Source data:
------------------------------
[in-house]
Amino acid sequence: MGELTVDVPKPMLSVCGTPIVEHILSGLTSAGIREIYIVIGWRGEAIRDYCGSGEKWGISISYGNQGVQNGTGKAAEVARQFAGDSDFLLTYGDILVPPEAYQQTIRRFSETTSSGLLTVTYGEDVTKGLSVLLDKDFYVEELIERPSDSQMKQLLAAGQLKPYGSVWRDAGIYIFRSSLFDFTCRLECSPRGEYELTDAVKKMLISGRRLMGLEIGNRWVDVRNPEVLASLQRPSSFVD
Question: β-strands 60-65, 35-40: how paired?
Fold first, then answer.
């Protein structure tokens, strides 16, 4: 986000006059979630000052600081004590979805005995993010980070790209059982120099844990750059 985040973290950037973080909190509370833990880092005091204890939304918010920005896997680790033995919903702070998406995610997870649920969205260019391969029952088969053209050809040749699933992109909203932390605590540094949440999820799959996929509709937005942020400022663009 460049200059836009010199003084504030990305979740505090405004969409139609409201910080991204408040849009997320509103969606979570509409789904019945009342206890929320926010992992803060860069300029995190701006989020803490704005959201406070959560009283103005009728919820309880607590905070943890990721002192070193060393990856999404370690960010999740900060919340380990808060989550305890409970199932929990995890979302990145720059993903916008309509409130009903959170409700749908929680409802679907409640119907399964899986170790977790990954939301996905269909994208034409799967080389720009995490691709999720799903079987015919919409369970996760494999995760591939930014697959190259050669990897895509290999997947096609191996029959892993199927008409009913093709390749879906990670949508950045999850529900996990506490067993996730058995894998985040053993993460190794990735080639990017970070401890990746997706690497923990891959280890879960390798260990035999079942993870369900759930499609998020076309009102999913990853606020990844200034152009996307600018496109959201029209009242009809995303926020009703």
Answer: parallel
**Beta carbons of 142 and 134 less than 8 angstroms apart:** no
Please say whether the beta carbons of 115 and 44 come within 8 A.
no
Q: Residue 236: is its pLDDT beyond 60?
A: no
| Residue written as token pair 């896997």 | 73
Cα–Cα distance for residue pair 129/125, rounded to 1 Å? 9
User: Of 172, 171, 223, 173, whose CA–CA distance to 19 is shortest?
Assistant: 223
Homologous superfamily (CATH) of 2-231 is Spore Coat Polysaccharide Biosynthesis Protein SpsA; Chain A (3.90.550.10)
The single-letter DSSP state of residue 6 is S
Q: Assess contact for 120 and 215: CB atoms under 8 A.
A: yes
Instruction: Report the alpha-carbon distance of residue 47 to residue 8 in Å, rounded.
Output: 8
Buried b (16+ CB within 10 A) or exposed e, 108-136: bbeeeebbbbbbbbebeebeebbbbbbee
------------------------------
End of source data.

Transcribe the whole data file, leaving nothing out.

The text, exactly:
[in-house]
Amino acid sequence: MGELTVDVPKPMLSVCGTPIVEHILSGLTSAGIREIYIVIGWRGEAIRDYCGSGEKWGISISYGNQGVQNGTGKAAEVARQFAGDSDFLLTYGDILVPPEAYQQTIRRFSETTSSGLLTVTYGEDVTKGLSVLLDKDFYVEELIERPSDSQMKQLLAAGQLKPYGSVWRDAGIYIFRSSLFDFTCRLECSPRGEYELTDAVKKMLISGRRLMGLEIGNRWVDVRNPEVLASLQRPSSFVD
Question: β-strands 60-65, 35-40: how paired?
Fold first, then answer.
């Protein structure tokens, strides 16, 4: 986000006059979630000052600081004590979805005995993010980070790209059982120099844990750059 985040973290950037973080909190509370833990880092005091204890939304918010920005896997680790033995919903702070998406995610997870649920969205260019391969029952088969053209050809040749699933992109909203932390605590540094949440999820799959996929509709937005942020400022663009 460049200059836009010199003084504030990305979740505090405004969409139609409201910080991204408040849009997320509103969606979570509409789904019945009342206890929320926010992992803060860069300029995190701006989020803490704005959201406070959560009283103005009728919820309880607590905070943890990721002192070193060393990856999404370690960010999740900060919340380990808060989550305890409970199932929990995890979302990145720059993903916008309509409130009903959170409700749908929680409802679907409640119907399964899986170790977790990954939301996905269909994208034409799967080389720009995490691709999720799903079987015919919409369970996760494999995760591939930014697959190259050669990897895509290999997947096609191996029959892993199927008409009913093709390749879906990670949508950045999850529900996990506490067993996730058995894998985040053993993460190794990735080639990017970070401890990746997706690497923990891959280890879960390798260990035999079942993870369900759930499609998020076309009102999913990853606020990844200034152009996307600018496109959201029209009242009809995303926020009703």
Answer: parallel
**Beta carbons of 142 and 134 less than 8 angstroms apart:** no
Please say whether the beta carbons of 115 and 44 come within 8 A.
no
Q: Residue 236: is its pLDDT beyond 60?
A: no
| Residue written as token pair 């896997």 | 73
Cα–Cα distance for residue pair 129/125, rounded to 1 Å? 9
User: Of 172, 171, 223, 173, whose CA–CA distance to 19 is shortest?
Assistant: 223
Homologous superfamily (CATH) of 2-231 is Spore Coat Polysaccharide Biosynthesis Protein SpsA; Chain A (3.90.550.10)
The single-letter DSSP state of residue 6 is S
Q: Assess contact for 120 and 215: CB atoms under 8 A.
A: yes
Instruction: Report the alpha-carbon distance of residue 47 to residue 8 in Å, rounded.
Output: 8
Buried b (16+ CB within 10 A) or exposed e, 108-136: bbeeeebbbbbbbbebeebeebbbbbbee